Early morning at Fish Hoek Beach but the sun was 
already high up in the sky and shining very brightly

So strongly did the sun shine that when I aimed my camera
directly at it, it turned color into black, white, silver and gray! 

Rest assured though that I did manage to snap
some colorful shots of the surroundings ;b

So you, too, can marvel at how blue 
and clear the waters were! :)

The second morning I went to the beach, 
Puppet Ponyo made sure to tag along :)

With the tide on the low side, there was lots of beach to 
walk on -- and admire the views from it -- in the morning 

At "golden hour", I loved the look of the silhouettes in the distance

 I also enjoyed the different colors that I can't actually
decide look cool or warm, so I'll say that they were both ;b

Wednesday, December 13, 2017

Back to Africa again after all these years... :)

Panoramic photo taken on my first morning in South Africa :)

The kind of amazing vistas I was privy to on a road trip
on day six of my recent South Africa visit :b

Lest there be any doubt, of course Puppet Ponyo
was there for the ride and experience ;b
Back in the summer of 1986, I went to Africa -- specifically Kenya, the home country of a boarding school friend -- for the first time.  In the decade after, I'd go on to re-visit that East African country, and also spend two years in Tanzania as well as set foot in Zimbabwe and Zambia.  Since 1996, however, I had not been back on the African continent: that is, until a week and a half ago.
As with my first visit to Africa, I had the good fortune to be invited to accompany a friend on a visit back home.  After many years of hard work, my regular drinking buddy here in Hong Kong had finished his Masters degree studies and was headed back to South Africa to receive his degree and spend time with various members of his family.  And at Sake Bar Ginn one evening a couple of months ago, he asked if I'd like to go with him on this trip.  
Before he had the time to change his mind, I quickly said "Yes, please!"  The truth of the matter is that South Africa is one of those countries I've long wanted to visit -- not least because Nelson Mandela was/is one of my greatest heroes -- and my South African friend's home city of Cape Town just happens to be the number one part of the country that I wanted to spend time in.
Before the trip, my friend and I had a number of conversations as to what I wanted to do there, what he wanted to show me as well as were "must do"s as far as he was concerned, and what to expect while there -- bad and good.  Post visit, I will say that I actually didn't get to see or do everything on my list but I also got to see and do a lot more than I had thought would be the case.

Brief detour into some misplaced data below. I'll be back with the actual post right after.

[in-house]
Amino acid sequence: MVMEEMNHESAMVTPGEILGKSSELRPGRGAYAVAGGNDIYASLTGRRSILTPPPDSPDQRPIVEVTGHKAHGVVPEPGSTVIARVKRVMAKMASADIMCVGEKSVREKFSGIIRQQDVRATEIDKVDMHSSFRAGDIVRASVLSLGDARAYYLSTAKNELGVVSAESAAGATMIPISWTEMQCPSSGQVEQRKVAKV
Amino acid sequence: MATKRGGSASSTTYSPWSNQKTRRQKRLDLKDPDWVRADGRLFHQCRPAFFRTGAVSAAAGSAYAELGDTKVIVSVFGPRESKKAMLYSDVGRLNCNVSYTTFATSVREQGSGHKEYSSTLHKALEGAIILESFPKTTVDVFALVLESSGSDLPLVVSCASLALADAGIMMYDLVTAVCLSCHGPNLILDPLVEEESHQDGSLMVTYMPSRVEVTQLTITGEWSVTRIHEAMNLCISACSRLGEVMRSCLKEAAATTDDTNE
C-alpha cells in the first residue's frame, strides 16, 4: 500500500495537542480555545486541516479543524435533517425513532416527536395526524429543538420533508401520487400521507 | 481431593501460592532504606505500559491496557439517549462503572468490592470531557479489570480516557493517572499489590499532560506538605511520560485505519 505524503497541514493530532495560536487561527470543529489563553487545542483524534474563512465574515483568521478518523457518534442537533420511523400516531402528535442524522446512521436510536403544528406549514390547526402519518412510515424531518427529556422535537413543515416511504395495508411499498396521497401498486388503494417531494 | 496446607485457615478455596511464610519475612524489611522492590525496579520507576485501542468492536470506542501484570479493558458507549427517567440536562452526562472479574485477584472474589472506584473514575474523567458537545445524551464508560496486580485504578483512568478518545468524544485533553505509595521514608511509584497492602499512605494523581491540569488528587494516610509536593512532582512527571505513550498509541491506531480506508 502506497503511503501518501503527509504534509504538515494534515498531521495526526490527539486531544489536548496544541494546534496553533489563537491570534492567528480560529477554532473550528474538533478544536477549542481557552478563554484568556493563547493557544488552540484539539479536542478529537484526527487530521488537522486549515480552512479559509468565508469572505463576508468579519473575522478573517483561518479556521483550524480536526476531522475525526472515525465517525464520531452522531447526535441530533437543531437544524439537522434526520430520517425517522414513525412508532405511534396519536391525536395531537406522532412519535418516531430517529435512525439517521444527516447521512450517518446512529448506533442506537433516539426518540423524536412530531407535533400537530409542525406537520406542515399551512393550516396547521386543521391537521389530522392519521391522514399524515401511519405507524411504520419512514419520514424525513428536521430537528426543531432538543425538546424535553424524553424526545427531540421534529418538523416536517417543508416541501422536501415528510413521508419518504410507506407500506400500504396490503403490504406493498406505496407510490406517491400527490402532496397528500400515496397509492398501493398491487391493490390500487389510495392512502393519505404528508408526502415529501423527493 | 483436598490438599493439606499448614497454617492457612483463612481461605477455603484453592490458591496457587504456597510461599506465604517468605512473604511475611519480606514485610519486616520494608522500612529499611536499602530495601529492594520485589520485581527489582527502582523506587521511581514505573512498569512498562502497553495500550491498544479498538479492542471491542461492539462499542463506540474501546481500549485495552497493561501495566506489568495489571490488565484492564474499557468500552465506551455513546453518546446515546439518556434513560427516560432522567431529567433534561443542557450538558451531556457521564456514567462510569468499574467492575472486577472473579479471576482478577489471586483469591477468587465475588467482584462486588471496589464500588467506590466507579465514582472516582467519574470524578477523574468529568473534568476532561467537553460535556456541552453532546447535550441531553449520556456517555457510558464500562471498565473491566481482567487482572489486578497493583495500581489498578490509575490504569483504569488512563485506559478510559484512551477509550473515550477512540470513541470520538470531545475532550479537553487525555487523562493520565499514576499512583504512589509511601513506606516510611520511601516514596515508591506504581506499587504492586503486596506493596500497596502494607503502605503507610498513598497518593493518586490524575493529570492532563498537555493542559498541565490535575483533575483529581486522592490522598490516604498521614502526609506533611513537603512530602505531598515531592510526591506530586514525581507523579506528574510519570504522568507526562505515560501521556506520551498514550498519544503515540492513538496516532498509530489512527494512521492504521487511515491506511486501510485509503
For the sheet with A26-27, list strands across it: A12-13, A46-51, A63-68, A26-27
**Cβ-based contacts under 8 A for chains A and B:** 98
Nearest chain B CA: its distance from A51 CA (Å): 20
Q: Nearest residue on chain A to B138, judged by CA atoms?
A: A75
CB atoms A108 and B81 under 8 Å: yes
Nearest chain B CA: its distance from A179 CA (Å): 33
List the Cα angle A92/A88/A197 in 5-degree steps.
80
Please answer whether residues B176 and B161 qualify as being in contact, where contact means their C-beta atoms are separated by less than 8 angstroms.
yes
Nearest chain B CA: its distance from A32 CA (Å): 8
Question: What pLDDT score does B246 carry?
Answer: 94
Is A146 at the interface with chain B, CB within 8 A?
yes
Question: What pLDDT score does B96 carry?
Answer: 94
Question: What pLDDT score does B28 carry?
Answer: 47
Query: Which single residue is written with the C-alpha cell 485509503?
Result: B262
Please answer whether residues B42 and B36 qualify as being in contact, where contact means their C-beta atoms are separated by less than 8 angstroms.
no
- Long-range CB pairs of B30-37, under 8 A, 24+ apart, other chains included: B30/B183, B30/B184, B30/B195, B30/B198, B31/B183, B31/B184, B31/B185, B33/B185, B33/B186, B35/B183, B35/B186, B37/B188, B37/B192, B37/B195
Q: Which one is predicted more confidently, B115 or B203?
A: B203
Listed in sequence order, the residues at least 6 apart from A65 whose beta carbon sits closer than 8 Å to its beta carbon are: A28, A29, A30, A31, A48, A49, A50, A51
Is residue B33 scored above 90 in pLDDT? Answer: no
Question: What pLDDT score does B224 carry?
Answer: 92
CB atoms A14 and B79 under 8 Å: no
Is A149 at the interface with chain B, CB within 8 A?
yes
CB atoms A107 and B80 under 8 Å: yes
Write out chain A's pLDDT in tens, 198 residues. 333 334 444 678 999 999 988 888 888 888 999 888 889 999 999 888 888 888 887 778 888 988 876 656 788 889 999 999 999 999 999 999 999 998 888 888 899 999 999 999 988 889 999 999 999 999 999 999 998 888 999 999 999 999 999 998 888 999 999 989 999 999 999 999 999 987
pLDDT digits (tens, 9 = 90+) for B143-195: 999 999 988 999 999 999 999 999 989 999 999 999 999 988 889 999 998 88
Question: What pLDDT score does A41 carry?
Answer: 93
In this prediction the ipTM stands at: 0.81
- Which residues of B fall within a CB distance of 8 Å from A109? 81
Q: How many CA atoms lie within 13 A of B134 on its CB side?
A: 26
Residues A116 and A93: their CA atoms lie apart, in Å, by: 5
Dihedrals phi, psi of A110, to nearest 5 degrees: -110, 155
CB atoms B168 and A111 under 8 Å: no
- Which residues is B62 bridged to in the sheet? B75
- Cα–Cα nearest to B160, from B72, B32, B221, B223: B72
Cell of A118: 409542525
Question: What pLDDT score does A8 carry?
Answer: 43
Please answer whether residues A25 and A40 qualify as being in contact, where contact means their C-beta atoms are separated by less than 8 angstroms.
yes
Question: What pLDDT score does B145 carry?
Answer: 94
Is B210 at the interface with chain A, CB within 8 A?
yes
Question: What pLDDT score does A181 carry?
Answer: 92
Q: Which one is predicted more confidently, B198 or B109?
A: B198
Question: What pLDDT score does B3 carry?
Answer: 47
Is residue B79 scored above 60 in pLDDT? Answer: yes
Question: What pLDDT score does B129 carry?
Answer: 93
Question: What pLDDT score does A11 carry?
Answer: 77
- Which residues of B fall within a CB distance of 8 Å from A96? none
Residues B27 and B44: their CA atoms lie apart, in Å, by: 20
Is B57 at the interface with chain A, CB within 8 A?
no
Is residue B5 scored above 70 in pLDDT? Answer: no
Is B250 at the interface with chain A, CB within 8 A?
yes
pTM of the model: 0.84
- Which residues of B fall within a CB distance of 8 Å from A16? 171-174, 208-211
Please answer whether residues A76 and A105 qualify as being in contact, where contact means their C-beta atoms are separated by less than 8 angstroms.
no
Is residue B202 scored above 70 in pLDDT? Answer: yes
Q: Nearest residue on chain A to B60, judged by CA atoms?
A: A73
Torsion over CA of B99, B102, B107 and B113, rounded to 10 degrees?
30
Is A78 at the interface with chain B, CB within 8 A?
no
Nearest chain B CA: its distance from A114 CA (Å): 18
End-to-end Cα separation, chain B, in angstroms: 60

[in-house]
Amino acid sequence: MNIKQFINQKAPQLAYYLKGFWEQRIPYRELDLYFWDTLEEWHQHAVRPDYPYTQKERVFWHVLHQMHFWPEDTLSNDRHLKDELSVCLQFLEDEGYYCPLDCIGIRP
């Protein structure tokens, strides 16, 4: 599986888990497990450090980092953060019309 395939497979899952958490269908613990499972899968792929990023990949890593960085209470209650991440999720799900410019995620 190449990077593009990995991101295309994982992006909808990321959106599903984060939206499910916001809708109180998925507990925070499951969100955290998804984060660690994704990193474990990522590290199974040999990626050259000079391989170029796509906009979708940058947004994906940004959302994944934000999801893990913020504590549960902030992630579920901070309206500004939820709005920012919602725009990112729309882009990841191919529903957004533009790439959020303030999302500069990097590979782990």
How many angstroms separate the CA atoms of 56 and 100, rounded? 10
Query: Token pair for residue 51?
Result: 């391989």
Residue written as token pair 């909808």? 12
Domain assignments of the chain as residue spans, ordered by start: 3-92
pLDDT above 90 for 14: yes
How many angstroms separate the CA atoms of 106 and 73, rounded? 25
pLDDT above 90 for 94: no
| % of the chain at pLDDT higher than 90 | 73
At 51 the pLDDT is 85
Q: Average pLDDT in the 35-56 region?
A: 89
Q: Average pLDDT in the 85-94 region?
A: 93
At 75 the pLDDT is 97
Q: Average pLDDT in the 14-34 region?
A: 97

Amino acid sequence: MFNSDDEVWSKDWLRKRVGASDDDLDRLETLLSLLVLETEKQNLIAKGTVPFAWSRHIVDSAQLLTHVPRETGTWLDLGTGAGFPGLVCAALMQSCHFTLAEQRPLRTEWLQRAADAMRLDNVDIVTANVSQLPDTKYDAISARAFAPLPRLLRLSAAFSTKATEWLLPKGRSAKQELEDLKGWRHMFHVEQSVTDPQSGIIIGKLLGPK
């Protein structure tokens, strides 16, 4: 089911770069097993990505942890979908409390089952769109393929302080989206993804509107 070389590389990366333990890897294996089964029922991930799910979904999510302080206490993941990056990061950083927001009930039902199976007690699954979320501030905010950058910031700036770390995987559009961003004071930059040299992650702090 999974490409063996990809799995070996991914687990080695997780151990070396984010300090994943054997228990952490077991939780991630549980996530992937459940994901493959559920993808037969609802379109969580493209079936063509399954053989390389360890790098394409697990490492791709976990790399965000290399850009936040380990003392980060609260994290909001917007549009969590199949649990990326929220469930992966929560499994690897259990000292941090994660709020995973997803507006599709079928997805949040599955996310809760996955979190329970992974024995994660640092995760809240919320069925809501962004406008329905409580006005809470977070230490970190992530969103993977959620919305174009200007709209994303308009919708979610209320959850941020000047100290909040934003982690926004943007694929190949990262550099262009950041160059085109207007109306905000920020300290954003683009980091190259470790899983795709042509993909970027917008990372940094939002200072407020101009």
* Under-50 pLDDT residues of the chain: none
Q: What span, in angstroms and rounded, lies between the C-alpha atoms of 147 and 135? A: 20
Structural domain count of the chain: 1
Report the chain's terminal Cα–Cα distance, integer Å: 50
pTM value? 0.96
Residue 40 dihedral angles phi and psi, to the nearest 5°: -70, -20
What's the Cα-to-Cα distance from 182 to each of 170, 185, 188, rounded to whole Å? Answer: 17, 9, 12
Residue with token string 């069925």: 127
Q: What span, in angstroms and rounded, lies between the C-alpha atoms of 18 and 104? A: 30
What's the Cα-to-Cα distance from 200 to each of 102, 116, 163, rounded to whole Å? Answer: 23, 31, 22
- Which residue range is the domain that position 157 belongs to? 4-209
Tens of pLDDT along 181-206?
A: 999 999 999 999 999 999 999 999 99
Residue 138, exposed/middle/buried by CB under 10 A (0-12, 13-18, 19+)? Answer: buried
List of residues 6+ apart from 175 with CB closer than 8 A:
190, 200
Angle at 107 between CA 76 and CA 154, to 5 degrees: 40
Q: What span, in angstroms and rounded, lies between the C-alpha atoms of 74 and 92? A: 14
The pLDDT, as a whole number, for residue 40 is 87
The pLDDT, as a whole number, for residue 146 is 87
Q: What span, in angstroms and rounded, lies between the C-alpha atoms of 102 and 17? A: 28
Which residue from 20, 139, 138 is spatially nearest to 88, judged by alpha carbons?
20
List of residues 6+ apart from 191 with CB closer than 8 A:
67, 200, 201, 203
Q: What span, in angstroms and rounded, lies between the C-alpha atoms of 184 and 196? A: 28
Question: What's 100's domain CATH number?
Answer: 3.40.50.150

Put another way: I ended up going to some famous places but also a number of gems that are beloved by locals but (for some unknown reason or other) haven't been covered much -- if at all -- in tourist guides.  And, as those of you who deign to check out the blog posts I'll be offering up in the next few weeks should soon realize, I really do consider my South African trip to be one of those trips of a lifetime that's chock-filled with the sort of sights and experiences that will stay long in my memory. :)       

Friday, December 1, 2017

Hong Kong is beautiful, especially on high visibility days

Panoramic view from Devil's Peak one day in late November

 Panoramic view from the edge of Causeway Bay Typhoon Shelter

Some years ago, I happened to be in Hong Kong when the air pollution was so bad that I seriously wondered whether I could ever live here.  Making things worse was that this was back when smoking was still allowed in restaurants and bars in the territory; and at one old school Chinese restaurant that I was taken to by a family friend, the air was so smoke-filled and well nigh unbreathable that I actually got nauseous and had to stagger out of and leave the place midway through dinner!

Happily, Hong Kong enacted a smoking ban in indoor public spaces on January 1st, 2007; and four months after that happening, I moved to the Big Lychee.  Over the more than 10 years now that I've been here though, there still have been times when I've found myself in a nicotine smoke-filled bar since it seems that certain local bars are happy to flout the law and don't seem to have been shut down or otherwise heavily penalized for doing so.  Still, it does please me tremendously that there now is a wide choice of bars and restaurants for me to spend time in without inhaling second hand cigarette smoke and having the clothes I wear into them smell rank for days afterwards.  

Unhappily though, there still are days when the air pollution levels here have been on the dismal and even alarming side; often thanks in no small part to the north winds blowing polluted air from Mainland China over here (though it's not like there aren't such as coal-powered power stations, sulphur-emitting container ships and thousands of petrol- and diesel-fueled vehicles on this side of the Hong Kong-Mainland China border).  Often, the powers-that-be seek to pin the blame on typhoons for the hazy and smoggy conditions that regularly precede their arrival but what of those other days when the smog levels are high but there are no typhoons any where near Hong Kong?

As I've stated before on this blog: beautiful (blue) skies should not be uncommon sights in Hong Kong.  But because they can't be taken for granted in this part of the world, especially in the cooler months of the year, I've become one of those people who can get uncommonly happy when beautiful bright blue skies are seen over the Big Lychee -- as has been the case several times these past few weeks despite it now being officially autumn, if not winter here in Hong Kong!

Honestly though, when you see sights like those in the panoramic photos at the top of this blog post (which, more than by the way, can be enlarged by clicking on them), it can be difficult to stop oneself from beaming broadly and feeling like so much is right with the world.  Put another way: Hong Kong really is beautiful, especially on days with visibility so high -- since the air pollution's low -- that you can clearly see that it is so.